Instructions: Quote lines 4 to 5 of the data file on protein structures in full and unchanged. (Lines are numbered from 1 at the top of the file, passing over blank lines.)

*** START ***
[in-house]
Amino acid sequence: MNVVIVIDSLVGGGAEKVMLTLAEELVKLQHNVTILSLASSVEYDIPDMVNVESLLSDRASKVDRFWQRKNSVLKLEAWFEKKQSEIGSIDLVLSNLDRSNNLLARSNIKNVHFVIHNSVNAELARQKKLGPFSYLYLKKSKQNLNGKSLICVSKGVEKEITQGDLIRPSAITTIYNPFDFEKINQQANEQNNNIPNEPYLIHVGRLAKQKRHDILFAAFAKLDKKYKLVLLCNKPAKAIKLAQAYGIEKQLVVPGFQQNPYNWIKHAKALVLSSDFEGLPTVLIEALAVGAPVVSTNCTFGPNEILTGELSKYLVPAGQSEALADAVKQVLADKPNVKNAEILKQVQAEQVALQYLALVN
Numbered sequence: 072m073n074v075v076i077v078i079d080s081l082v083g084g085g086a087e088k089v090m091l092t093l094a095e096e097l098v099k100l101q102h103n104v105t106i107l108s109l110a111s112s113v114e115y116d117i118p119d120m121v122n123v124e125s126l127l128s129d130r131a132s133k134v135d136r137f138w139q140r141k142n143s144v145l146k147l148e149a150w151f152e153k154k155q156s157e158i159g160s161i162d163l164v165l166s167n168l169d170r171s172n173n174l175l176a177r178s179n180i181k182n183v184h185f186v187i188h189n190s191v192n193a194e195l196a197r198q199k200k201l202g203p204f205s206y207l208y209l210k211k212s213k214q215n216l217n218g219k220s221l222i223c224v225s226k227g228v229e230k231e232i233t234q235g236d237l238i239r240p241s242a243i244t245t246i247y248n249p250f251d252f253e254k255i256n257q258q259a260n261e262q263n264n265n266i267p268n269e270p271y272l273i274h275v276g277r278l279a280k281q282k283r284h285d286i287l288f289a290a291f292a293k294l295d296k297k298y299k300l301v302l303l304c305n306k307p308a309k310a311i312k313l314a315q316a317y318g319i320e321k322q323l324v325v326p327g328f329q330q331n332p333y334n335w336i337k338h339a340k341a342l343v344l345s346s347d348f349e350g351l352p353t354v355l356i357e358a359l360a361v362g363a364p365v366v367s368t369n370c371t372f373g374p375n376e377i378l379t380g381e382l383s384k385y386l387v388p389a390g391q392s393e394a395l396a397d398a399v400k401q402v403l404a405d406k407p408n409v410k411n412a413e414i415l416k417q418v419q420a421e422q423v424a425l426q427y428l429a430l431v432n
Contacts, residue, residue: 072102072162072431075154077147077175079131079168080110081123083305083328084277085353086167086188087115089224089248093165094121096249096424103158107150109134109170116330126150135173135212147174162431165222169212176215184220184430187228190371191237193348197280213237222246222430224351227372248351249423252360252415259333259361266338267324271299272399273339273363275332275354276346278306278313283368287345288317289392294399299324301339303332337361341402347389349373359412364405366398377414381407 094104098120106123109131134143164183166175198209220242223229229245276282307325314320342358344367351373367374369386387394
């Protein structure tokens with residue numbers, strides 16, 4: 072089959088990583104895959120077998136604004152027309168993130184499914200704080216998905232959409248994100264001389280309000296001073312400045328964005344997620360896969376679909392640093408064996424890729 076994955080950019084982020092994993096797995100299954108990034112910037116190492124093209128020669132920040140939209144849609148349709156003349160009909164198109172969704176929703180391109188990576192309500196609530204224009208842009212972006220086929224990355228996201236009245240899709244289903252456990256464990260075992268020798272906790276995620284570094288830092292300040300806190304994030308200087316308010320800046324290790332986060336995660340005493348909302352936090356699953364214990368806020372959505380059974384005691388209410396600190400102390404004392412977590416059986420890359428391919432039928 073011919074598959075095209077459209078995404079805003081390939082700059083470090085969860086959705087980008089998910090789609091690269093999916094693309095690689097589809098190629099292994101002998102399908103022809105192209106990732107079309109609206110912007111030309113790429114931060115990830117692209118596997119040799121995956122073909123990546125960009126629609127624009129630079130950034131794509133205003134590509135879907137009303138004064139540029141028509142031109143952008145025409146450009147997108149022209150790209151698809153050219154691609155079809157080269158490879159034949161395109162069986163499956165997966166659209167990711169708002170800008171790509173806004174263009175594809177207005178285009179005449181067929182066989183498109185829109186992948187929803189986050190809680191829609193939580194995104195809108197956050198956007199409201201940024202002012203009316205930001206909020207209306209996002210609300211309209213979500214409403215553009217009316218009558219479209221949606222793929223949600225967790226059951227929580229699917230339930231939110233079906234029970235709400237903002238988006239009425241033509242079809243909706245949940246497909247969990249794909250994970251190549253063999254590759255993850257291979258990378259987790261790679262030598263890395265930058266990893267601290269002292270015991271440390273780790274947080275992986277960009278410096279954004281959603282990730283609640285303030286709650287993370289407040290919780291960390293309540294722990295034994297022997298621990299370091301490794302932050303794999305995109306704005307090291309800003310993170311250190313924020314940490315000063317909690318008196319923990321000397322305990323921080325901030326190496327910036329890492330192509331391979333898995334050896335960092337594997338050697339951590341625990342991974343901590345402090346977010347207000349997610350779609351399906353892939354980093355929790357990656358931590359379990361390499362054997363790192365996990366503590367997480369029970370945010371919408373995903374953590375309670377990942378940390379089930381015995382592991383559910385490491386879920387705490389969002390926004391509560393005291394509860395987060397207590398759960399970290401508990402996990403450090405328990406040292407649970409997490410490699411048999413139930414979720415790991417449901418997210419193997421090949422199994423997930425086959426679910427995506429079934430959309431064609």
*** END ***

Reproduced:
Contacts, residue, residue: 072102072162072431075154077147077175079131079168080110081123083305083328084277085353086167086188087115089224089248093165094121096249096424103158107150109134109170116330126150135173135212147174162431165222169212176215184220184430187228190371191237193348197280213237222246222430224351227372248351249423252360252415259333259361266338267324271299272399273339273363275332275354276346278306278313283368287345288317289392294399299324301339303332337361341402347389349373359412364405366398377414381407 094104098120106123109131134143164183166175198209220242223229229245276282307325314320342358344367351373367374369386387394
């Protein structure tokens with residue numbers, strides 16, 4: 072089959088990583104895959120077998136604004152027309168993130184499914200704080216998905232959409248994100264001389280309000296001073312400045328964005344997620360896969376679909392640093408064996424890729 076994955080950019084982020092994993096797995100299954108990034112910037116190492124093209128020669132920040140939209144849609148349709156003349160009909164198109172969704176929703180391109188990576192309500196609530204224009208842009212972006220086929224990355228996201236009245240899709244289903252456990256464990260075992268020798272906790276995620284570094288830092292300040300806190304994030308200087316308010320800046324290790332986060336995660340005493348909302352936090356699953364214990368806020372959505380059974384005691388209410396600190400102390404004392412977590416059986420890359428391919432039928 073011919074598959075095209077459209078995404079805003081390939082700059083470090085969860086959705087980008089998910090789609091690269093999916094693309095690689097589809098190629099292994101002998102399908103022809105192209106990732107079309109609206110912007111030309113790429114931060115990830117692209118596997119040799121995956122073909123990546125960009126629609127624009129630079130950034131794509133205003134590509135879907137009303138004064139540029141028509142031109143952008145025409146450009147997108149022209150790209151698809153050219154691609155079809157080269158490879159034949161395109162069986163499956165997966166659209167990711169708002170800008171790509173806004174263009175594809177207005178285009179005449181067929182066989183498109185829109186992948187929803189986050190809680191829609193939580194995104195809108197956050198956007199409201201940024202002012203009316205930001206909020207209306209996002210609300211309209213979500214409403215553009217009316218009558219479209221949606222793929223949600225967790226059951227929580229699917230339930231939110233079906234029970235709400237903002238988006239009425241033509242079809243909706245949940246497909247969990249794909250994970251190549253063999254590759255993850257291979258990378259987790261790679262030598263890395265930058266990893267601290269002292270015991271440390273780790274947080275992986277960009278410096279954004281959603282990730283609640285303030286709650287993370289407040290919780291960390293309540294722990295034994297022997298621990299370091301490794302932050303794999305995109306704005307090291309800003310993170311250190313924020314940490315000063317909690318008196319923990321000397322305990323921080325901030326190496327910036329890492330192509331391979333898995334050896335960092337594997338050697339951590341625990342991974343901590345402090346977010347207000349997610350779609351399906353892939354980093355929790357990656358931590359379990361390499362054997363790192365996990366503590367997480369029970370945010371919408373995903374953590375309670377990942378940390379089930381015995382592991383559910385490491386879920387705490389969002390926004391509560393005291394509860395987060397207590398759960399970290401508990402996990403450090405328990406040292407649970409997490410490699411048999413139930414979720415790991417449901418997210419193997421090949422199994423997930425086959426679910427995506429079934430959309431064609």